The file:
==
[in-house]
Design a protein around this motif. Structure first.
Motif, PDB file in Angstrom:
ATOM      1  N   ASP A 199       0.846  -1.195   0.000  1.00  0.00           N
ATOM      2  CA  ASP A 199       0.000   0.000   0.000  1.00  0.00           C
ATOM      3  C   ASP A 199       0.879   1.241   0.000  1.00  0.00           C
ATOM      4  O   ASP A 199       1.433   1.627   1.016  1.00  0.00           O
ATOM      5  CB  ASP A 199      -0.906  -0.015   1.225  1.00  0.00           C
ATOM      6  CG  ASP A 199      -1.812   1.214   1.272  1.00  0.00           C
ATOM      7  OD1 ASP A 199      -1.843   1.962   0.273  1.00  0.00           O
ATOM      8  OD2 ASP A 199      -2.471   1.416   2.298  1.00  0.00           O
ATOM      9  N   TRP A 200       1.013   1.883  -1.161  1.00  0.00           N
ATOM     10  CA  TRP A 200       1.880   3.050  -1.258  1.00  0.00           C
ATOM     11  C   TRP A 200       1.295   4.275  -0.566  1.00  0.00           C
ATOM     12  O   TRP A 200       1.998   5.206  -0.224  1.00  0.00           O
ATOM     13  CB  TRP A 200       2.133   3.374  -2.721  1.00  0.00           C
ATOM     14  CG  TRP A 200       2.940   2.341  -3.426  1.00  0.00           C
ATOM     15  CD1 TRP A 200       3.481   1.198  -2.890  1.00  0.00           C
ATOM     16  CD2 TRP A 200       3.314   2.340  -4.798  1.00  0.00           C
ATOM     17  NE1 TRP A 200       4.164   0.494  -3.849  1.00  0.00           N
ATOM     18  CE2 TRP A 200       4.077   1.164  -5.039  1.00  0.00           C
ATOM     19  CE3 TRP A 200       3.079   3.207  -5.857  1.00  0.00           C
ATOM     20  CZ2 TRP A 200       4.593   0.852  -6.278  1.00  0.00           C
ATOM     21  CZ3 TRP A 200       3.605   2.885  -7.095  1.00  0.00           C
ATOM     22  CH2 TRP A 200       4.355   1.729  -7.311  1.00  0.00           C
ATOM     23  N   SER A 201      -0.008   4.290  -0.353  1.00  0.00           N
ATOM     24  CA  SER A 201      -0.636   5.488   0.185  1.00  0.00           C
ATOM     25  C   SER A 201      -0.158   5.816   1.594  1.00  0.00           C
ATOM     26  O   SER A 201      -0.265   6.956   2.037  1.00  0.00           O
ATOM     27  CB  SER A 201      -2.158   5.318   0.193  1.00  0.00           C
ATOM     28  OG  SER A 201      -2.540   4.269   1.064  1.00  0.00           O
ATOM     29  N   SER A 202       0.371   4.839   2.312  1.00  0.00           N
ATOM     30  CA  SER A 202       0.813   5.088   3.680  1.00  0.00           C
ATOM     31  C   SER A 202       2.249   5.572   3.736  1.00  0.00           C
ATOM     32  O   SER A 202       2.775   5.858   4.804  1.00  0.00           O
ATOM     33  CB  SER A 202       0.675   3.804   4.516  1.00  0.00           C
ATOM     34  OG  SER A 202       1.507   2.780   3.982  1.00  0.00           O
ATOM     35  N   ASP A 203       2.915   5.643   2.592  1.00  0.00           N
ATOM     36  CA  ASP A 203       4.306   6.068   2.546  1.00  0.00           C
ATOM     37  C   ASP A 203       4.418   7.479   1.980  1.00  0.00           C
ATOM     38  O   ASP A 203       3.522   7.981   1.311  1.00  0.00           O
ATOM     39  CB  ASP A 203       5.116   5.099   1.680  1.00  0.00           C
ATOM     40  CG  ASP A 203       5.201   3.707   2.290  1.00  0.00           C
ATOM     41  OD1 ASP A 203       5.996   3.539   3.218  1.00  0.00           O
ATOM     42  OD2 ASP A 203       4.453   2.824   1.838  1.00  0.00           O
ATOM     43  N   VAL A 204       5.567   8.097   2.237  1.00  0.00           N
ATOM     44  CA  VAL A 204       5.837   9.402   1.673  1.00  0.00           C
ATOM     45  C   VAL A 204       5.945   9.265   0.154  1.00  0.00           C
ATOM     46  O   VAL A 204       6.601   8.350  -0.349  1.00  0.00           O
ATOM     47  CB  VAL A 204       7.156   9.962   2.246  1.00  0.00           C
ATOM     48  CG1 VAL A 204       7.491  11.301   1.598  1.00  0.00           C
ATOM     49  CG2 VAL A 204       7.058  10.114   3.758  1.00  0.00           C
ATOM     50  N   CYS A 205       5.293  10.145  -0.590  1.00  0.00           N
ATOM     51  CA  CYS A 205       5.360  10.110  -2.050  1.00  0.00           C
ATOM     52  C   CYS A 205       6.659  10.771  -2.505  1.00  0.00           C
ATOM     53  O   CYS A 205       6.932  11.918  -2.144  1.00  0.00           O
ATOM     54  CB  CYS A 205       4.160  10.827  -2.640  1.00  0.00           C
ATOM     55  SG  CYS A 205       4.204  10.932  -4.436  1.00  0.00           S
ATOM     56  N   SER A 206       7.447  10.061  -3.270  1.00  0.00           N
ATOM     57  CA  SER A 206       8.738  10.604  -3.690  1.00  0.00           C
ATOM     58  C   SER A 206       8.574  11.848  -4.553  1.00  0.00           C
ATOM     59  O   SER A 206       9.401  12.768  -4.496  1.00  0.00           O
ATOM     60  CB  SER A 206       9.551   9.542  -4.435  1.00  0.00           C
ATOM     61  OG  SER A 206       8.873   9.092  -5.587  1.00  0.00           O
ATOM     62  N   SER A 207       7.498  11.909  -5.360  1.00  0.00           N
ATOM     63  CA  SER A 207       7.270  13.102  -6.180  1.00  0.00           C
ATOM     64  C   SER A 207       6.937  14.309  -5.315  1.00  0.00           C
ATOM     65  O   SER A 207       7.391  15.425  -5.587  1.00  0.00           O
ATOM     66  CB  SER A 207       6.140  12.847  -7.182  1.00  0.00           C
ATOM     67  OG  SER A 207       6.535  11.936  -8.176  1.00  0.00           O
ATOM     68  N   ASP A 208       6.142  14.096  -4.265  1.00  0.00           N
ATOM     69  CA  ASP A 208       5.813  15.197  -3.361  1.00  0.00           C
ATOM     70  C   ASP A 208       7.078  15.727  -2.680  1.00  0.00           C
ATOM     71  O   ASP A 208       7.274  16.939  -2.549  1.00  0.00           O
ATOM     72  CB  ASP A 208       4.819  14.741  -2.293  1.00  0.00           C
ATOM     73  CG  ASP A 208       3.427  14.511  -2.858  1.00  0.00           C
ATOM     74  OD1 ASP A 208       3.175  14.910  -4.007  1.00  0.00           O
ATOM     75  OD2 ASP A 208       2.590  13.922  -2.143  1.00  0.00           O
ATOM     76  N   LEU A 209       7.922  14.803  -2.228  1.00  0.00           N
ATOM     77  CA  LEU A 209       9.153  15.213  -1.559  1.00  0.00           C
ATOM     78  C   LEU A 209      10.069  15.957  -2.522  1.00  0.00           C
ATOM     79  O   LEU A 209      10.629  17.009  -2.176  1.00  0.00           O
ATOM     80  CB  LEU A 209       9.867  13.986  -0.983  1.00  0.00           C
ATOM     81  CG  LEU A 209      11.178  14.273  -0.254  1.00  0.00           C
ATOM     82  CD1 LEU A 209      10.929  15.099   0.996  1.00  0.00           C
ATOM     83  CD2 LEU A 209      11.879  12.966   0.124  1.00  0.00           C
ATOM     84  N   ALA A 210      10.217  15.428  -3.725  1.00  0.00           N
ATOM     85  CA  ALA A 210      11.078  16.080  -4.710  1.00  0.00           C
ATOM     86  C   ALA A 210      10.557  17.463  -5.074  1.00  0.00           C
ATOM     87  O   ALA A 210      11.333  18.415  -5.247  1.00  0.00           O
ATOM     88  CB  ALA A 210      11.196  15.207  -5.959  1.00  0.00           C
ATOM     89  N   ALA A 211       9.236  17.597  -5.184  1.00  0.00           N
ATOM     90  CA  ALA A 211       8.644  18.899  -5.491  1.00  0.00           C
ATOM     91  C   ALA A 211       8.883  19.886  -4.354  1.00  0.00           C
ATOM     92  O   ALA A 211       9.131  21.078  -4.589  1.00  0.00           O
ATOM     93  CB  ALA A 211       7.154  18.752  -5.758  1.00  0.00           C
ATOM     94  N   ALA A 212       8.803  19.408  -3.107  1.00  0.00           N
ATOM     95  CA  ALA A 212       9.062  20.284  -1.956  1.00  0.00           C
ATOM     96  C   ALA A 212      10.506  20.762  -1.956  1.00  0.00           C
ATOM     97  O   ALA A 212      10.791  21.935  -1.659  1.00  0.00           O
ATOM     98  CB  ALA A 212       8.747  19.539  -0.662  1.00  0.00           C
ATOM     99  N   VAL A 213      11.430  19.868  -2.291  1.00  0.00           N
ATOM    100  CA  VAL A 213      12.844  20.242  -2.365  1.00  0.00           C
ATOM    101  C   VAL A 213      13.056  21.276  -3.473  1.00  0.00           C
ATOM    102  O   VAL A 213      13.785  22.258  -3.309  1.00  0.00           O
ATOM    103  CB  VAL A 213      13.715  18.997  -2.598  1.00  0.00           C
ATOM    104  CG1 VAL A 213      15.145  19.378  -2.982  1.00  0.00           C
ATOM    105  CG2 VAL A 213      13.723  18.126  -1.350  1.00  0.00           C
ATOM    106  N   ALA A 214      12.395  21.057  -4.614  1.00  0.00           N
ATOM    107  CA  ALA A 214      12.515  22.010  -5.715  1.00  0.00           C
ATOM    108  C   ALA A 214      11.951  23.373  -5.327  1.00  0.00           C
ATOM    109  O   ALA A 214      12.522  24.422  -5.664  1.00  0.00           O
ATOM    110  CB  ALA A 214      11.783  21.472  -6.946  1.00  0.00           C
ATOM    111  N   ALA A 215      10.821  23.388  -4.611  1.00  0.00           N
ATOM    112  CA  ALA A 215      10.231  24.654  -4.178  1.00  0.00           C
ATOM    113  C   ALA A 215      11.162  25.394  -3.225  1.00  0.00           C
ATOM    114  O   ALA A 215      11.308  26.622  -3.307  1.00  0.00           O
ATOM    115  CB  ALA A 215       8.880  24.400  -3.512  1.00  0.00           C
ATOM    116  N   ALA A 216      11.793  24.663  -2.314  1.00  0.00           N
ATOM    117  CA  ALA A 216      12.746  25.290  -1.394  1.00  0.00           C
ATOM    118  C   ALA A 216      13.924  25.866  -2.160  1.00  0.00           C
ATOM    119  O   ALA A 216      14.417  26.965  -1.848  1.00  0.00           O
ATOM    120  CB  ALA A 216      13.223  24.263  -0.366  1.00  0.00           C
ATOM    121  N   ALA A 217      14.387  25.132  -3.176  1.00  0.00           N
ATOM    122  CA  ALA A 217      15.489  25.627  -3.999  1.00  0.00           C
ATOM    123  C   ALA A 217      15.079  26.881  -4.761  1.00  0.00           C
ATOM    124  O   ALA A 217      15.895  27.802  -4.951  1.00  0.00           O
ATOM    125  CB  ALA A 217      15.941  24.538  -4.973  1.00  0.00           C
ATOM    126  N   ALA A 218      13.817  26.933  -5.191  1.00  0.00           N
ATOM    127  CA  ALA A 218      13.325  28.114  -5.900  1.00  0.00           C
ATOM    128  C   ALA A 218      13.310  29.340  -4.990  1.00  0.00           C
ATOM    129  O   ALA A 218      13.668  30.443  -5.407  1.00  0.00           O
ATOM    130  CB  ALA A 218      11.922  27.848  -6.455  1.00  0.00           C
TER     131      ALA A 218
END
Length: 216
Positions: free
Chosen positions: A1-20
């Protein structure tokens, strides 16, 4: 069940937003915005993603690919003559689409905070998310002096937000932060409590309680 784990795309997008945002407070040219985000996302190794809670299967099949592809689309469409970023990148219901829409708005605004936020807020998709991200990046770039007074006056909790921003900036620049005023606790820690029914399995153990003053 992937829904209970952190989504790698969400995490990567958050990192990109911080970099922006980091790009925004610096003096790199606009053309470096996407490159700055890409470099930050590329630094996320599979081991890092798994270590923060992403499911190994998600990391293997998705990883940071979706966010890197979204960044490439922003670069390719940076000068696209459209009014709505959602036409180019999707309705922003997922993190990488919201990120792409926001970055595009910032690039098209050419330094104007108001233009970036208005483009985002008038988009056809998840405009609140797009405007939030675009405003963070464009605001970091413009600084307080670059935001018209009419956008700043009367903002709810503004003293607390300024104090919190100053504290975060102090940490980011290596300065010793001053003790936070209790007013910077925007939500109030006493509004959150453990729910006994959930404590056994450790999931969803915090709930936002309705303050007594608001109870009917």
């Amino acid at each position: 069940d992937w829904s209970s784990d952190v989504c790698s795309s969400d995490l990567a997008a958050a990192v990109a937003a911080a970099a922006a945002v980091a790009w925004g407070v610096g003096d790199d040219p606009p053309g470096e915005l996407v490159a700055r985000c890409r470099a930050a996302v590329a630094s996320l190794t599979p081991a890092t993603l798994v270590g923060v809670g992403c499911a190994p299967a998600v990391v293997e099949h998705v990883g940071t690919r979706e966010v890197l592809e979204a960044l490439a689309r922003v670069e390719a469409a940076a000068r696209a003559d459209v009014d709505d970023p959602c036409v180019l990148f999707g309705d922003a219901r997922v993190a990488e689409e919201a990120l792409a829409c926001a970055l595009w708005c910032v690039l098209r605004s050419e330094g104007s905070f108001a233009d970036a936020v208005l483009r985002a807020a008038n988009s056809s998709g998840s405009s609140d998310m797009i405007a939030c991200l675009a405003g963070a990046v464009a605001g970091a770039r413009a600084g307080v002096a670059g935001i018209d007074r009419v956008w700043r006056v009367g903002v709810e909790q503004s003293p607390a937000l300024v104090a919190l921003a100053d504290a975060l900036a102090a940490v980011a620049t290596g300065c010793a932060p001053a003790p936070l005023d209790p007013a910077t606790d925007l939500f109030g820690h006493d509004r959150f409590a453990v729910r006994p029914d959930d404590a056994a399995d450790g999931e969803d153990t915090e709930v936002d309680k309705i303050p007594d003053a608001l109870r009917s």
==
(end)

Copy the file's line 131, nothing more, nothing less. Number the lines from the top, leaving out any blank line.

ATOM    128  C   ALA A 218      13.310  29.340  -4.990  1.00  0.00           C